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Utilizing Green Supply Chains

By: Simon Kaye, CEO, Jaguar Freight
Posted: July 27, 2010, from the August 2010 issue of GCI Magazine.

Just as the beauty industry must be committed to environmentally responsible and sustainable products, so too must the industry’s logistics infrastructure be fully integrated with a "green" strategy and outlook. Such green concerns as fuel consumption and carbon emissions have a direct impact on costs and competitiveness, and global supply chains face a large and growing number of local, national and multinational regulations related to these issues. Sustainability for the logistics process also involves a variety of other elements, from packaging to processing time.

However, achieving a truly green supply chain requires dealing with a fundamental catch-22. In logistics, time is money. The fastest modes of distribution, particularly air transport and expedited ground freight delivery, are often required as customer-responsive, competitive solutions, but they are also the most energy-intensive. The significant reliance on air freight and trucking reflects the demands of rapidly changing market conditions that must be met by just-in-time modes of production—both of which are essential elements of the competitive landscape for brand owners and retailers.

Fortunately, a green supply chain can respond to intense competitive pressures by using initiatives that combine environmental sustainability with best business practices. More efficiency in shipment tracking can serve as a perfect example. For companies that source globally, inefficient supply chain documentation means information snags, missing or ill-prepared shipping documents, and inappropriate cargo routing that can create huge and unnecessary waste in fuel and require expedited, energy-inefficient delivery to overcome delays. The fundamental problem is lack of information, which can involve incomplete or missing data about the status of shipments, an inability to retrieve data when needed, or an inability to adequately document shipment status. It wastes substantial time and energy spent chasing information which ought to be readily available, and creates energy-wasting delays at ports, air cargo terminals, customs inspection points—anyplace that shipments should freely pass. Comprehensive electronic tracking eliminates this inefficiency by bringing optimal efficiency to aggregating and optimizing loads and routes, for transportation planning that reduces both the fuel consumption and carbon footprint of shippers.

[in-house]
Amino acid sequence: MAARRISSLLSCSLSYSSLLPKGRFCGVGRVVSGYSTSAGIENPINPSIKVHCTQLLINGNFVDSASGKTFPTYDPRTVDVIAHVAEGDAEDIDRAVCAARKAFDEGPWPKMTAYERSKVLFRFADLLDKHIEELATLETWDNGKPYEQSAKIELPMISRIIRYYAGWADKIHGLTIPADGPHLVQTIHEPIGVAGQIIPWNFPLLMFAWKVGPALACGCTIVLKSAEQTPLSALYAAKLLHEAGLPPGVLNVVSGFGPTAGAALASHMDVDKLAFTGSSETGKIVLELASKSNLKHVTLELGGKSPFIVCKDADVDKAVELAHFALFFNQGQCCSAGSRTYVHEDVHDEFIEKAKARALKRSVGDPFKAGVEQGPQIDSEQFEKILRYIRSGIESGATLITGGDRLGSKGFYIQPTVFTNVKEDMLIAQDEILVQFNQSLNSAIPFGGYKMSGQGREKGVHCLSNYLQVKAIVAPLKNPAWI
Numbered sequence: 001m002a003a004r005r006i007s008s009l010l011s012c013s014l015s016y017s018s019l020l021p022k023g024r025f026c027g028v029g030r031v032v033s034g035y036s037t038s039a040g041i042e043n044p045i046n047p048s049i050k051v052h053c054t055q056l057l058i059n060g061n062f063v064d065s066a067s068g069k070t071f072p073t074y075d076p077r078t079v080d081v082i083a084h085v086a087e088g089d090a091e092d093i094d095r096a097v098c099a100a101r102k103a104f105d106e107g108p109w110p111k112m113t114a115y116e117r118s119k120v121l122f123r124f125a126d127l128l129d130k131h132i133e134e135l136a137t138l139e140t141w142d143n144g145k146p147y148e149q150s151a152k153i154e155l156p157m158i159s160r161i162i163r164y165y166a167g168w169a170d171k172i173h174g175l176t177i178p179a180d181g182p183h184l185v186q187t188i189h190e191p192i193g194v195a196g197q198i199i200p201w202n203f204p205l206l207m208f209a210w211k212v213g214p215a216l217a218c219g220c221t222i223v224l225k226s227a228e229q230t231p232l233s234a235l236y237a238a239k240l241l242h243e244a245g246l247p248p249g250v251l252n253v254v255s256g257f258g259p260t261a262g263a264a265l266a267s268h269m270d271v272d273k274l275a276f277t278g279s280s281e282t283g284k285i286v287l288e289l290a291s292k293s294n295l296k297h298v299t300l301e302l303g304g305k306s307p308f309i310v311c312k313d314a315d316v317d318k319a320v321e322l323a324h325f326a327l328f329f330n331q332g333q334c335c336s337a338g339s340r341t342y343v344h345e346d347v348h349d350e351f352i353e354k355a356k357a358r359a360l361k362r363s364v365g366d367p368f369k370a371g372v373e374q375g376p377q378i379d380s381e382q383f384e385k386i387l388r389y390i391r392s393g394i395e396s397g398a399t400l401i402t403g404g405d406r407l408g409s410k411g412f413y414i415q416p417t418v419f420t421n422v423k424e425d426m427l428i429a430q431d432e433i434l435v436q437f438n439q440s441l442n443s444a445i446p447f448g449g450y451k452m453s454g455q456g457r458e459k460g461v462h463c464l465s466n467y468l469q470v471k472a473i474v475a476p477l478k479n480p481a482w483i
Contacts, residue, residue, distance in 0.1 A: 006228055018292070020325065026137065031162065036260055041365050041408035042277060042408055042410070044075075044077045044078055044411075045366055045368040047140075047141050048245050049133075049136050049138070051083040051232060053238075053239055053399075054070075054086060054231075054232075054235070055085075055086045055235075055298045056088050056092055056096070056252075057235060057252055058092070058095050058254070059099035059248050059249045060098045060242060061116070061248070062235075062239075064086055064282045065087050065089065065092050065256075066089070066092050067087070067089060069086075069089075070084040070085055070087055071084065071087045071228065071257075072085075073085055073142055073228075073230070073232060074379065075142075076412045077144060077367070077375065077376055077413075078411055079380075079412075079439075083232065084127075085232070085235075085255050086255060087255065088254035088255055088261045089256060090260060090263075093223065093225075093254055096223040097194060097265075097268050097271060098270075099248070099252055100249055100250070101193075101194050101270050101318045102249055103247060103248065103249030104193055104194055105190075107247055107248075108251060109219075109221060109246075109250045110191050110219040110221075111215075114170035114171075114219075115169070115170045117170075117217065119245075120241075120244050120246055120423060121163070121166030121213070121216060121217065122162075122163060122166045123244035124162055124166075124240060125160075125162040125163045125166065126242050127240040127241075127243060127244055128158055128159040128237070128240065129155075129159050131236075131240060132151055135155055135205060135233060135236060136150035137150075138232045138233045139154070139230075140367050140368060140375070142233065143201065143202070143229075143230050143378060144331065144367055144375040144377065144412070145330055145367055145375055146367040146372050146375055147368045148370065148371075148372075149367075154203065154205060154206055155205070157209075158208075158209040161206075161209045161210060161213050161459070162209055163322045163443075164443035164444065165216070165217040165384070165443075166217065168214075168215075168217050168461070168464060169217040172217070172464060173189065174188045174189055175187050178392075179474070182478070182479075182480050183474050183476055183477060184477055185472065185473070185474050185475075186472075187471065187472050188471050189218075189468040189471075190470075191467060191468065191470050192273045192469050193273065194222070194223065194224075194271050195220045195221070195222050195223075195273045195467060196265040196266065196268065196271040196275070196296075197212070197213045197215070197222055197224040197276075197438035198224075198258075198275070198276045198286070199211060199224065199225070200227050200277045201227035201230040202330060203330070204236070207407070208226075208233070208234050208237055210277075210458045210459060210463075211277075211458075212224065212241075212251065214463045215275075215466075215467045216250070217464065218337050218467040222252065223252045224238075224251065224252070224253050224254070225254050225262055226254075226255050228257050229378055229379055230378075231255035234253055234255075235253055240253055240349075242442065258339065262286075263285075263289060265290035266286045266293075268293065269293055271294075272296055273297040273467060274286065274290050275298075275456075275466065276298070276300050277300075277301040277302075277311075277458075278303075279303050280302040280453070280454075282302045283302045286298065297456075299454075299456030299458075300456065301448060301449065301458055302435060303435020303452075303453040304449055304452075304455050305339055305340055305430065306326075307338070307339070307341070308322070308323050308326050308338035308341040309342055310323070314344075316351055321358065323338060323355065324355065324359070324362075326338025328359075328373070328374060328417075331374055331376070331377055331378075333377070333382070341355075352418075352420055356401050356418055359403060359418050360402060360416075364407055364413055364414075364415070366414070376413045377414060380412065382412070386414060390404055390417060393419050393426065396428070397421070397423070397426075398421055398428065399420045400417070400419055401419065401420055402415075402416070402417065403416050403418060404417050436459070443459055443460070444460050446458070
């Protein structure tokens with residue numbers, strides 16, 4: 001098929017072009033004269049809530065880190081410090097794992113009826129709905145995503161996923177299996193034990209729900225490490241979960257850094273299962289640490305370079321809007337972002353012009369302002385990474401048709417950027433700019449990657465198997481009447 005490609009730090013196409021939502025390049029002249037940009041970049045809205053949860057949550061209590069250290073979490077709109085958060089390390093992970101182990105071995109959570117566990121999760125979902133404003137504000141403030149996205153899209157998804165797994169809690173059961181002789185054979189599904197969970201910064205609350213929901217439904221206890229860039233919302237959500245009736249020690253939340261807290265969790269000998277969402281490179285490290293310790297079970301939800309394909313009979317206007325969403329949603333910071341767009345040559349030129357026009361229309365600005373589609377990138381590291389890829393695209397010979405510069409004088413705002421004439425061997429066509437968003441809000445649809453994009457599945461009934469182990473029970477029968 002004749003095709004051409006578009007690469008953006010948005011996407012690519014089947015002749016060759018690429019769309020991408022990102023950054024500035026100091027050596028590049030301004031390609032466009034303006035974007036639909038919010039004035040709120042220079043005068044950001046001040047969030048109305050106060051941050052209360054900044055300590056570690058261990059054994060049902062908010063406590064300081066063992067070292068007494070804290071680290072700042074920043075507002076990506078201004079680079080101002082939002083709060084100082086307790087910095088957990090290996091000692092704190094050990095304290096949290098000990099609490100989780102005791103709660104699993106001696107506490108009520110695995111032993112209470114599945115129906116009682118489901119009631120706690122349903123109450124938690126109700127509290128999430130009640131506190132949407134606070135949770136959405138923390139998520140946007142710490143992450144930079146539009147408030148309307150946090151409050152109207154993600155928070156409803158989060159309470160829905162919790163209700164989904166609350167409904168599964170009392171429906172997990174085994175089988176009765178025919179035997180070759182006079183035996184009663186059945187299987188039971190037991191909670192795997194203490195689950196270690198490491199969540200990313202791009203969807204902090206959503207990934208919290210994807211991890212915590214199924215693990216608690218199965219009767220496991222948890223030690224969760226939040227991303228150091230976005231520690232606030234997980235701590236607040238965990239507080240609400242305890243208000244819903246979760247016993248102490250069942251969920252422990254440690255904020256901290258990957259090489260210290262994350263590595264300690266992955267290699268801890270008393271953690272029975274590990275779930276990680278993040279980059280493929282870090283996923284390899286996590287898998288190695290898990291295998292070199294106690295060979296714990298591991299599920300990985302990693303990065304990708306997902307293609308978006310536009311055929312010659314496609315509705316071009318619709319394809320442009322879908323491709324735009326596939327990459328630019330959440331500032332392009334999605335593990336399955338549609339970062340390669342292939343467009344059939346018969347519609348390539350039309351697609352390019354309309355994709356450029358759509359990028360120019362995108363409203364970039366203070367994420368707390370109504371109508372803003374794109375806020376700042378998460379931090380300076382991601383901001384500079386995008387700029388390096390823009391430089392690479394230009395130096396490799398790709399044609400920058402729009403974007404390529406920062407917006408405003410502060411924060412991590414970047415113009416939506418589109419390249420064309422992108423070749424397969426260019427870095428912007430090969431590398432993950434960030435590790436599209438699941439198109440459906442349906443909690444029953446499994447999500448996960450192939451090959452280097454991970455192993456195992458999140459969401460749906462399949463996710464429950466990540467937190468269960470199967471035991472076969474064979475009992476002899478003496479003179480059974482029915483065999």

The Electronic Solution

In its basic form electronic tracking means the creation of comprehensive databases that take the extreme complexity of supply chain data and simplify it in order to define patterns that allow producers to understand their supply-chain function. Electronic tracking information for cargo is a relatively new phenomenon, but it is absolutely vital for a green supply chain. There is simply no other way to ensure that freight gets where it needs to go on time, without wasting of fuel, shipping resources and processing time.

As the ally of green shipping, electronic tracking shows what is happening at every step in the supply chain, enabling producer, shipper and forwarder to cross-check and validate progress and timings of shipments. The result is delivery on time and with proper quality thanks to online and real time updates on shipment location, quantity and composition. This improves both fuel efficiency and cost effectiveness, because it eliminates the guesswork and backtracking to find misplaced shipments. It also facilitates up-to-the-minute route and load scheduling to take account of everything from weather conditions to last minute, just-in-time shipment adjustments. Maximum flexibility in energy consumption, and the resulting reduction in excess greenhouse gas emissions, is inseparable from the kind of precise shipment control that electronic tracking provides.